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**cribby** Nothing makes me stare off into space and wonder why I'm bothering with mathematics at all more than a proof presented with the intent of educating the reader yet the opening statement of which lacks substantive intuitive relevance. So, the proof I want to understand be damned, I come asking for your enlightenment.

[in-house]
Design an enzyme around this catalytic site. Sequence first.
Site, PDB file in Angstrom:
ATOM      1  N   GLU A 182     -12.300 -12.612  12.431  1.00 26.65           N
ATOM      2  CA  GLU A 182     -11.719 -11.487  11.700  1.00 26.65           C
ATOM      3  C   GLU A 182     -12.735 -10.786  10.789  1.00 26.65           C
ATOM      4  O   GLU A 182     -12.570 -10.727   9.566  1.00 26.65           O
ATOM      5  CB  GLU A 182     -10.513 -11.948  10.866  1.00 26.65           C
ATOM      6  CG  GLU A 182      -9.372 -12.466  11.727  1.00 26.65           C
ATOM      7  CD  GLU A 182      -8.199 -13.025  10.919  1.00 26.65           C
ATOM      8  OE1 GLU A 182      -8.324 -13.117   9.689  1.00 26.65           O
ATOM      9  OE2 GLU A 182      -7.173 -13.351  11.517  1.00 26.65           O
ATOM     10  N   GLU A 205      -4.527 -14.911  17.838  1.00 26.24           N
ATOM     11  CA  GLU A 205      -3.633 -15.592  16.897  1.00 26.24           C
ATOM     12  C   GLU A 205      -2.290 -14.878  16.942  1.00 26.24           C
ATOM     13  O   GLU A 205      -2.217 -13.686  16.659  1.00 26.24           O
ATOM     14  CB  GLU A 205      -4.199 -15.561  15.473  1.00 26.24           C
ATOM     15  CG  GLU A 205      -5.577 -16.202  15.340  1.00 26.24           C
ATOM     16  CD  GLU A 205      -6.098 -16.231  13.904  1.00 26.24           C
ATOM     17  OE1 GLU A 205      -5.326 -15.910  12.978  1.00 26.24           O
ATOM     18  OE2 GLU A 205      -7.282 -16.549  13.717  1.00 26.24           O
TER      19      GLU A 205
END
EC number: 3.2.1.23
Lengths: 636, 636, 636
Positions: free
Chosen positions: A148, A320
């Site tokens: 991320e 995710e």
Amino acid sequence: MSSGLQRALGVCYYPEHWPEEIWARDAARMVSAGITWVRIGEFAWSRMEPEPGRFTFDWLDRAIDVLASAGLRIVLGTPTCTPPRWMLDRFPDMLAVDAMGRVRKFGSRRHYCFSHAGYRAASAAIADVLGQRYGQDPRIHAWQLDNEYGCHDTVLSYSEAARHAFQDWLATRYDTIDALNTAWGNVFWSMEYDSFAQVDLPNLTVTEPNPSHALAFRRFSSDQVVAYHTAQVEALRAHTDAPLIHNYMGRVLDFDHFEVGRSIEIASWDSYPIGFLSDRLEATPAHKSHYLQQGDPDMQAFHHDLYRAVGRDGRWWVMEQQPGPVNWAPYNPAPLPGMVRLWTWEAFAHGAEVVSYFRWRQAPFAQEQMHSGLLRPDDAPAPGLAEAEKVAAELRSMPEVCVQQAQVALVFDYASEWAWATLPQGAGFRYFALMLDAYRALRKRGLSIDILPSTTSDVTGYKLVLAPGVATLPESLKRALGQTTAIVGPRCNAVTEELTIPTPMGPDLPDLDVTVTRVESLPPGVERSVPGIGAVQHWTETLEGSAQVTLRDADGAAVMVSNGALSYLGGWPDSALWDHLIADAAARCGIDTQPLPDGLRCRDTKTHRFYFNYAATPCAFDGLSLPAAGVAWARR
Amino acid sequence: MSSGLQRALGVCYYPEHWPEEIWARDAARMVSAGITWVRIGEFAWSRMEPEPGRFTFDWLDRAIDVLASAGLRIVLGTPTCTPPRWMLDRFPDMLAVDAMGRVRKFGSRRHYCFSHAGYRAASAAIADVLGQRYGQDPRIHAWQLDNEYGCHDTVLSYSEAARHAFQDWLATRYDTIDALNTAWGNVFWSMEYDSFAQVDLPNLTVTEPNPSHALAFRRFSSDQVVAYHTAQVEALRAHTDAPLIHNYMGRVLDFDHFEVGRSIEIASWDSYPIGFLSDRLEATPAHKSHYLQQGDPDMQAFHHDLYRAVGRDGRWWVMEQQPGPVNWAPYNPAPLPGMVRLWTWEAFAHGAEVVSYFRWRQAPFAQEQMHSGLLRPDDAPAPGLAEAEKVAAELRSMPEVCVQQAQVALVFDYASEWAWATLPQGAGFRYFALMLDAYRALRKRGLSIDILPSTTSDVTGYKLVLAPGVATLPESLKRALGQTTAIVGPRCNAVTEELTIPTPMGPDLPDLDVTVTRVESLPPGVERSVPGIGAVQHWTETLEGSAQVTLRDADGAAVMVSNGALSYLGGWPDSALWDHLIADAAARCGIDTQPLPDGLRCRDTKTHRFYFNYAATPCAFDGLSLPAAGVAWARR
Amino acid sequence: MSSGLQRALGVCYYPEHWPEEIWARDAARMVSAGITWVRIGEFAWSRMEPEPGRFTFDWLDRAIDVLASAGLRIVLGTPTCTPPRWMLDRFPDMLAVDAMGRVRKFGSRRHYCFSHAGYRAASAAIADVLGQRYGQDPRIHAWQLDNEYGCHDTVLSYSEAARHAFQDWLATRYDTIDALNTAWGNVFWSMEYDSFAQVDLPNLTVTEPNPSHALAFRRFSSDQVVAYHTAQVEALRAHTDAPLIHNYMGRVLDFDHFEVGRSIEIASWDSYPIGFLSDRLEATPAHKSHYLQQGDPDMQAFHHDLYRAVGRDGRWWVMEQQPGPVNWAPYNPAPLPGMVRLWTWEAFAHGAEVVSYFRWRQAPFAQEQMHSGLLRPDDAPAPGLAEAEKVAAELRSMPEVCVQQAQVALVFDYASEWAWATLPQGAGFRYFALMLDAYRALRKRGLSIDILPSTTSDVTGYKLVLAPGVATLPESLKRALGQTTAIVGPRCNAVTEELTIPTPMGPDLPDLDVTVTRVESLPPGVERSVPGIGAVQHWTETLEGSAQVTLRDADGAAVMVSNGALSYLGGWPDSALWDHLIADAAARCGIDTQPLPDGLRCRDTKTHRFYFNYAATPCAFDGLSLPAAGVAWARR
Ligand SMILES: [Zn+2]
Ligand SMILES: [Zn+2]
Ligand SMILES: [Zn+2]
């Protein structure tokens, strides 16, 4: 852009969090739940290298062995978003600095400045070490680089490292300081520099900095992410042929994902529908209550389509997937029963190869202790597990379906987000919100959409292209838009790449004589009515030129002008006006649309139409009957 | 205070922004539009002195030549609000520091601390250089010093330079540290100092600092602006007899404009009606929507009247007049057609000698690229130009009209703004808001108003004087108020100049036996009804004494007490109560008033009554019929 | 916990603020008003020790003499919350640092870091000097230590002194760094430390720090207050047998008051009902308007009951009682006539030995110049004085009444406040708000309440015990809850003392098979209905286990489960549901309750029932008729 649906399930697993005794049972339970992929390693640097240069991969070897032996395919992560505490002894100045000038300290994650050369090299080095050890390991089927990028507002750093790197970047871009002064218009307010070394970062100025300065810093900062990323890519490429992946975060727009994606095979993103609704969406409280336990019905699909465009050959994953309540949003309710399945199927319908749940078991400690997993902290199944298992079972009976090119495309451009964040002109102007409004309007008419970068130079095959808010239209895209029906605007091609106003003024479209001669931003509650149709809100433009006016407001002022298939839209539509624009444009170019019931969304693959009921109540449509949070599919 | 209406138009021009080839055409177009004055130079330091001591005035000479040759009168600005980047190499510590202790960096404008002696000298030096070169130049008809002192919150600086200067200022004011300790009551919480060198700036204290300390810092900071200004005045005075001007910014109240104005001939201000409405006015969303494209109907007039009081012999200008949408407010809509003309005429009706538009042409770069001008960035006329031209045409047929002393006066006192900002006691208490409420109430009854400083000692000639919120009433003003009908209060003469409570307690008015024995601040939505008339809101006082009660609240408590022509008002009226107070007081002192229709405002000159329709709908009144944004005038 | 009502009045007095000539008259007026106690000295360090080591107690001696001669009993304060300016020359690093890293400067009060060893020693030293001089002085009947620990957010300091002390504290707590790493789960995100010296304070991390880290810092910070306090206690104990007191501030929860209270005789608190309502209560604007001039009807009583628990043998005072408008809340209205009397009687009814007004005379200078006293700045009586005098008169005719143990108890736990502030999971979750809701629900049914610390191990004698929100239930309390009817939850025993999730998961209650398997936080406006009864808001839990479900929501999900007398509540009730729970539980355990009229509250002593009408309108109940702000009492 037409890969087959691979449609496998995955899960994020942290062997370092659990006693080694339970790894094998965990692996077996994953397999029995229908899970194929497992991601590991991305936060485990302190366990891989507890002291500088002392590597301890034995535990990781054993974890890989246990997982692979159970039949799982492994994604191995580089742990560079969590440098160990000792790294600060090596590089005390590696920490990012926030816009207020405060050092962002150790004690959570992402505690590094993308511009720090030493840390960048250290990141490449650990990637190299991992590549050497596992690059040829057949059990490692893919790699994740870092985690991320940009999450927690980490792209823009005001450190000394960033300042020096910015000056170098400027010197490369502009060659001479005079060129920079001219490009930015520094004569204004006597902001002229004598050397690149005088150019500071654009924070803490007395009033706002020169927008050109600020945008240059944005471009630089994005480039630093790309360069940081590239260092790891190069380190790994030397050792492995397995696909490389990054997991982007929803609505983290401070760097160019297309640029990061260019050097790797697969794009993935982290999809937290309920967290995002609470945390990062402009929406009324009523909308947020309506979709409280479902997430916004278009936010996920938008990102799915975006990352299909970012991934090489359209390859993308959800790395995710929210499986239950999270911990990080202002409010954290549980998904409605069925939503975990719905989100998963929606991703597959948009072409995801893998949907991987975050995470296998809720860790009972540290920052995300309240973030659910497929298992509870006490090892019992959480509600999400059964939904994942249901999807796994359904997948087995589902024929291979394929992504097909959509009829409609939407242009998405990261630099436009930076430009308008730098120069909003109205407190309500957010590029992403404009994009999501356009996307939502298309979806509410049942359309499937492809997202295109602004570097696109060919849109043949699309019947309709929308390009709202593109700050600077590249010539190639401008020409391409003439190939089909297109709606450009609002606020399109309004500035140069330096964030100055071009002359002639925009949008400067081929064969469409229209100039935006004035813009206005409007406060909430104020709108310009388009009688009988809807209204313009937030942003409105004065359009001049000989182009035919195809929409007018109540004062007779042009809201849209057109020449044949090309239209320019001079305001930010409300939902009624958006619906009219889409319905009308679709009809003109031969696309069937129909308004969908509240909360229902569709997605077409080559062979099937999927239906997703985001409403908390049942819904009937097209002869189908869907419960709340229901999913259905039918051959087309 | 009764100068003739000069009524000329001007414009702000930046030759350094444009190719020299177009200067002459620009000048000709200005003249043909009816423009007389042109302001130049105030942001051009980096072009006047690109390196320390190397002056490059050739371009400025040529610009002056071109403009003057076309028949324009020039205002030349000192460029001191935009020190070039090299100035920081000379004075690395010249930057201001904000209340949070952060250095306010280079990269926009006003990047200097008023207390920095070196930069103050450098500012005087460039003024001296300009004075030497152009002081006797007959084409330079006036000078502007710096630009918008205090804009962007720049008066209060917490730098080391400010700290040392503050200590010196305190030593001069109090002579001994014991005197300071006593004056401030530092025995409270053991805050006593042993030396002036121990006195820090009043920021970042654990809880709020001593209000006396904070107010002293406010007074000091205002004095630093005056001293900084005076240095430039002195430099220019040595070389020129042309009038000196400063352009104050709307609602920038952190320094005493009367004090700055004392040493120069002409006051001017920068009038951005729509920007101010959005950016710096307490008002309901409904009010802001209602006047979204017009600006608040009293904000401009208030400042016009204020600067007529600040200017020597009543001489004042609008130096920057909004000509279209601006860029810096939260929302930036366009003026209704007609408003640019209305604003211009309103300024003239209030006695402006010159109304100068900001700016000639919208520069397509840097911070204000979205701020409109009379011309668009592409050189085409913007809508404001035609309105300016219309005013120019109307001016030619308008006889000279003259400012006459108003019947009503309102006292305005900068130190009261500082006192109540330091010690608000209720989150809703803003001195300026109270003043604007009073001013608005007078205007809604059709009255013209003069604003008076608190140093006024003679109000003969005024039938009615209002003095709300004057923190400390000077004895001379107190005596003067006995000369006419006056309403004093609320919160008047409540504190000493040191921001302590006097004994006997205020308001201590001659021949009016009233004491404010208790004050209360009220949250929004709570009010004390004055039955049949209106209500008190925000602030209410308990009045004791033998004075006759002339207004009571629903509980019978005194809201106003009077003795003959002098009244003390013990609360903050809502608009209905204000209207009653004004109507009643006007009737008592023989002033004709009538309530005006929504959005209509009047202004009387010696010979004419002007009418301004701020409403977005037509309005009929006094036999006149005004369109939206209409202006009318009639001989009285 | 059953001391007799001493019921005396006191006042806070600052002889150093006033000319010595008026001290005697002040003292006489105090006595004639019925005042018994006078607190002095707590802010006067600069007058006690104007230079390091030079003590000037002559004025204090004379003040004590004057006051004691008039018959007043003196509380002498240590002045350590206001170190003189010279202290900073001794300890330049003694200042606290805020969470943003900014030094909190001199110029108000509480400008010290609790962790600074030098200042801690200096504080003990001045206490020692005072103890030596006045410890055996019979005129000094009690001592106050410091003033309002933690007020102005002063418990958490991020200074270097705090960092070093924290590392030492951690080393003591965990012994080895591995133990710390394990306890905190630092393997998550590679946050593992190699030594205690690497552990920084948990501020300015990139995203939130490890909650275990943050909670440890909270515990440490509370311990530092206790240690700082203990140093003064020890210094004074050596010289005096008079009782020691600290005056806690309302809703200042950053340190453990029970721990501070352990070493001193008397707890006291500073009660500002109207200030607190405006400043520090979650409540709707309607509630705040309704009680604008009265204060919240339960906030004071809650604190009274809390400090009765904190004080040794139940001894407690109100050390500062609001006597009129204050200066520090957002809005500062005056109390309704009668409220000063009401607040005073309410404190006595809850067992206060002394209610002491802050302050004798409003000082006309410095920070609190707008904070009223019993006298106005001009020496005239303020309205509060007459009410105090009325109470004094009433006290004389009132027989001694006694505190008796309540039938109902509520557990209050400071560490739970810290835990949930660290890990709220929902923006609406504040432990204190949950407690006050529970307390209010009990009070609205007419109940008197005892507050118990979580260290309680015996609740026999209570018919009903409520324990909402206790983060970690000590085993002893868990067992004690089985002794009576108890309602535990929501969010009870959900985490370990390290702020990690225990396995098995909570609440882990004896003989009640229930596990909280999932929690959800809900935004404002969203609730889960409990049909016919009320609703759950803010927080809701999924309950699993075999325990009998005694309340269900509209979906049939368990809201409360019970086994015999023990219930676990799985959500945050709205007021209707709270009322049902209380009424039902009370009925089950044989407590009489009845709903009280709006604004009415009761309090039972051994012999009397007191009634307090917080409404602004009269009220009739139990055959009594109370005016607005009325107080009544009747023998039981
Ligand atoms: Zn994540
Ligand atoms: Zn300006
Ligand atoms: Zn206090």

The proof is of the Cauchy-Schwarz inequality for complex numbers (its from a complex analysis text, preface says it's intended for a first graduate course). Let $\displaystyle z_j,\,w_j$ be complex numbers and show that $\displaystyle \,\,|\sum_1^n z_j w_j |^2 \leq\,\, \sum_1^n |z_j|^2 \sum_1^n|w_j|^2$. The proof begins:

For any complex number $\displaystyle \lambda,\, 0 \leq \sum_1^n|z_j - \lambda \bar{w_j}|^2$.

Would someone kindly explain how I ought to "know", a priori, to introduce an extraneous complex number, the conjugate, essentially this leading inequality and all it involves, to begin the proof of the CS inequality?